A couple of things are noteworthy still about the book, aside from it being a classic, Huxley's use and his idea of "Feelies" which predates virtual reality by half a century, and "Soma" predicts the use of drugs as a technique of social control. He believed that drugs would be overtly used by governments to make us chemically happy. This prediction isn't entirely accurate, but one can see how much the current large pharmaceutical industry has grown in our lifetime, and also the growth of illegal drugs to see Huxley wasn't too far off that extrapolation. He also described a caste system, with a dictator at the top, but mostly it was a book about change, and how radically our own world would change. I'd say he was correct about that. Who could have predicted the internet, cell phones, and such was on the horizon?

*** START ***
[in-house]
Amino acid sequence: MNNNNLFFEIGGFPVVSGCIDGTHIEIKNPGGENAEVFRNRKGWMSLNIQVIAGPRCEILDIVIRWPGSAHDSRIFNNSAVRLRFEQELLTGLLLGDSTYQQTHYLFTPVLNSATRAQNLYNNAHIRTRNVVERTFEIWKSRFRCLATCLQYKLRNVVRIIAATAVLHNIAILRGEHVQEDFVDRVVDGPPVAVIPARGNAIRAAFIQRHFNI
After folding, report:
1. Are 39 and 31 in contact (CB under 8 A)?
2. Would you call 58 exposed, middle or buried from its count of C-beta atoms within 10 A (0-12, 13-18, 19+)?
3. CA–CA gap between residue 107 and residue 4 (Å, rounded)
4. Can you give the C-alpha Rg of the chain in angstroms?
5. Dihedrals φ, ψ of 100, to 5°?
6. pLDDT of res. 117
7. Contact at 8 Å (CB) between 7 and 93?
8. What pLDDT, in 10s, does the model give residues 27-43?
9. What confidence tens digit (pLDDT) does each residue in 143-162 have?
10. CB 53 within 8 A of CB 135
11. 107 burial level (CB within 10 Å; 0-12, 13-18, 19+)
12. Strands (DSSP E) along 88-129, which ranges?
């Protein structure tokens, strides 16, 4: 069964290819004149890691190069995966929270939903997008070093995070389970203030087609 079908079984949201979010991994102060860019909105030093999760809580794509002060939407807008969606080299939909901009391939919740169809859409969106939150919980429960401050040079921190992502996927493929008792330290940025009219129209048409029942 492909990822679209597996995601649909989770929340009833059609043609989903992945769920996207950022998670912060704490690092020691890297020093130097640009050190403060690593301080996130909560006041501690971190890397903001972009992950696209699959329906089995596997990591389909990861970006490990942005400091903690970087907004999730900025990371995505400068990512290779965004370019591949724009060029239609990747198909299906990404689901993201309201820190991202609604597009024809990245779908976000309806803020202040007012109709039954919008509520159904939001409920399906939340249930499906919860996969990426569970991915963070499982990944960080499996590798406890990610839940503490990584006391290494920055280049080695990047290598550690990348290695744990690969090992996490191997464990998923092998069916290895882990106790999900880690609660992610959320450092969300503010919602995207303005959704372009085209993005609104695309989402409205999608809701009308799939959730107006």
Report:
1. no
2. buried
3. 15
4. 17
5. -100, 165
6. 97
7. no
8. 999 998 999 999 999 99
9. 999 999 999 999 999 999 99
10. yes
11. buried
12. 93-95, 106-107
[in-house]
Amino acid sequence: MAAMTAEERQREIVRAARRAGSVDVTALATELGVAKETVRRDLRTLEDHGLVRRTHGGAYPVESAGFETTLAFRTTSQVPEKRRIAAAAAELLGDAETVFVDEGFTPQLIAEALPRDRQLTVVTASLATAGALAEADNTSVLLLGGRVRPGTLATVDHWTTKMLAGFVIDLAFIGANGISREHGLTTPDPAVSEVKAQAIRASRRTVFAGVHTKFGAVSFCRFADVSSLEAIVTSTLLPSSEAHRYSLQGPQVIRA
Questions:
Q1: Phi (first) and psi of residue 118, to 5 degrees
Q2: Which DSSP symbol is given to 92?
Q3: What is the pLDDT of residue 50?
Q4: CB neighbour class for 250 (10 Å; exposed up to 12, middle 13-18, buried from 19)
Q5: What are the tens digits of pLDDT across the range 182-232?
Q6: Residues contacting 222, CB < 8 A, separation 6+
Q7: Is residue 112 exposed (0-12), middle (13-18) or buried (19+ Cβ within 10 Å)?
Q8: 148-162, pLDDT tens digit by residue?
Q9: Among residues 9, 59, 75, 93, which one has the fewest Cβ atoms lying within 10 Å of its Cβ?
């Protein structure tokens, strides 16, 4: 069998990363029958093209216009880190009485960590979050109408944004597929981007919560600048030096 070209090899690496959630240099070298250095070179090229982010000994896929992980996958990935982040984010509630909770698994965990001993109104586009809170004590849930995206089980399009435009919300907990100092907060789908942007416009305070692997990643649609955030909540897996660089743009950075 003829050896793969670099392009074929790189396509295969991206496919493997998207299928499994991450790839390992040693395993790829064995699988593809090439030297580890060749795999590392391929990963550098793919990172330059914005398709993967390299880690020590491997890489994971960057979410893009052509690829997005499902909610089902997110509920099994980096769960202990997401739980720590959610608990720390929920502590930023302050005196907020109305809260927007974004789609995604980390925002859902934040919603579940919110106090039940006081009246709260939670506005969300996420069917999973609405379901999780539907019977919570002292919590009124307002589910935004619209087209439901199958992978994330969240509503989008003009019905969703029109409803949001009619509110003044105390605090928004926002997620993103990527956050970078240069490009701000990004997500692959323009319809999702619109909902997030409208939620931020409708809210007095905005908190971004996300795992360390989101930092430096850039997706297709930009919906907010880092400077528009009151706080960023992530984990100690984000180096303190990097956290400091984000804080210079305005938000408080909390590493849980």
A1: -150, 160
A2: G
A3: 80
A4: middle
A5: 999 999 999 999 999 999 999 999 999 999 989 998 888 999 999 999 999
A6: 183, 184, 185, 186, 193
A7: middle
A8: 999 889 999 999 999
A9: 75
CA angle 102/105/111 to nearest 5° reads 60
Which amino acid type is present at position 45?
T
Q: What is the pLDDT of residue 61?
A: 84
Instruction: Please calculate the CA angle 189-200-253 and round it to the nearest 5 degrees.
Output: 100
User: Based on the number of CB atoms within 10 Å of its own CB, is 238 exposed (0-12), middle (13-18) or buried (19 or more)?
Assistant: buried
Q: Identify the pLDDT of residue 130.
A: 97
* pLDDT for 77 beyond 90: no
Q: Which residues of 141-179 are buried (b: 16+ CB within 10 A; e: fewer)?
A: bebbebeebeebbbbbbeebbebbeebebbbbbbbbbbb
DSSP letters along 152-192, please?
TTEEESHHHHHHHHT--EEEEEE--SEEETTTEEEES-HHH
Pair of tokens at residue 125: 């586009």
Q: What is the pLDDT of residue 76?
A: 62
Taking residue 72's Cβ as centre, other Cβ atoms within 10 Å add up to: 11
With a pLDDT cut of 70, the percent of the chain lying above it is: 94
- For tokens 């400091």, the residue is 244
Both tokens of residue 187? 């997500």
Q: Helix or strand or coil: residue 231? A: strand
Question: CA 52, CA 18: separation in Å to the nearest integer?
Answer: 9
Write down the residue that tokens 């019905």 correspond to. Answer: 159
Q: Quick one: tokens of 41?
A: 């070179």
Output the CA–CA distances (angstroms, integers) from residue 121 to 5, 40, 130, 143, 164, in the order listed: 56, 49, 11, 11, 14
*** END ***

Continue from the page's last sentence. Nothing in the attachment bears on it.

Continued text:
He wrote a follow up, nonfiction book, Brave New World Revisited in 1958. It is a series of articles telling us what has happened to the world since 1932, and attempts with some success to predict the future.
I wanted to share a site where I found of a recording of Brave New World. The CBS Radio Workshop was an “experimental dramatic radio anthology series” that aired between 1956 and 1957. And it premiered with a two-part adaptation of Aldous Huxley’s now classic 1932 novel, Brave New World. Huxley himself introduced and narrated the program, and now this classic radio drama has resurfaced online.
You can find it: here, in parts one and two or you can listen to both parts online as well.
I also found a BBC production of a Brave New World on Youtube: here.
It stars Julie Cobb, Bud Cort, Keir Dullea, and others. It's a three hour movie.